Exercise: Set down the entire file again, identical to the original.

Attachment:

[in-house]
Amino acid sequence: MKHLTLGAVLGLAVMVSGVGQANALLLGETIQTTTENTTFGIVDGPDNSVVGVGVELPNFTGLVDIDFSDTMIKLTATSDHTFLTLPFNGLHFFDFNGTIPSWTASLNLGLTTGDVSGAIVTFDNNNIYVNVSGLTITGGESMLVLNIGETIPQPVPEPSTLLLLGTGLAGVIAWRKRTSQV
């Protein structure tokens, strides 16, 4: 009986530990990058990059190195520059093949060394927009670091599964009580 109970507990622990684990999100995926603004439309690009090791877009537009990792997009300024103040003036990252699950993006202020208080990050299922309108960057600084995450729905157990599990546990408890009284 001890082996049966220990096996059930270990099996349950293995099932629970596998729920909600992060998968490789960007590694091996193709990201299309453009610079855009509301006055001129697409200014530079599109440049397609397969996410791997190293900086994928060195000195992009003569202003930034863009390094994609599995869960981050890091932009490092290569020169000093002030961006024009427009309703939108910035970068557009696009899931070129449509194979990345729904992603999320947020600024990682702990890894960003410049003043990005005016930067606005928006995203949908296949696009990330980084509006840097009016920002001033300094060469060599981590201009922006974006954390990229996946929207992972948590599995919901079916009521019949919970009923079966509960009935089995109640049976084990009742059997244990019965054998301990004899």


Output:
[in-house]
Amino acid sequence: MKHLTLGAVLGLAVMVSGVGQANALLLGETIQTTTENTTFGIVDGPDNSVVGVGVELPNFTGLVDIDFSDTMIKLTATSDHTFLTLPFNGLHFFDFNGTIPSWTASLNLGLTTGDVSGAIVTFDNNNIYVNVSGLTITGGESMLVLNIGETIPQPVPEPSTLLLLGTGLAGVIAWRKRTSQV
């Protein structure tokens, strides 16, 4: 009986530990990058990059190195520059093949060394927009670091599964009580 109970507990622990684990999100995926603004439309690009090791877009537009990792997009300024103040003036990252699950993006202020208080990050299922309108960057600084995450729905157990599990546990408890009284 001890082996049966220990096996059930270990099996349950293995099932629970596998729920909600992060998968490789960007590694091996193709990201299309453009610079855009509301006055001129697409200014530079599109440049397609397969996410791997190293900086994928060195000195992009003569202003930034863009390094994609599995869960981050890091932009490092290569020169000093002030961006024009427009309703939108910035970068557009696009899931070129449509194979990345729904992603999320947020600024990682702990890894960003410049003043990005005016930067606005928006995203949908296949696009990330980084509006840097009016920002001033300094060469060599981590201009922006974006954390990229996946929207992972948590599995919901079916009521019949919970009923079966509960009935089995109640049976084990009742059997244990019965054998301990004899």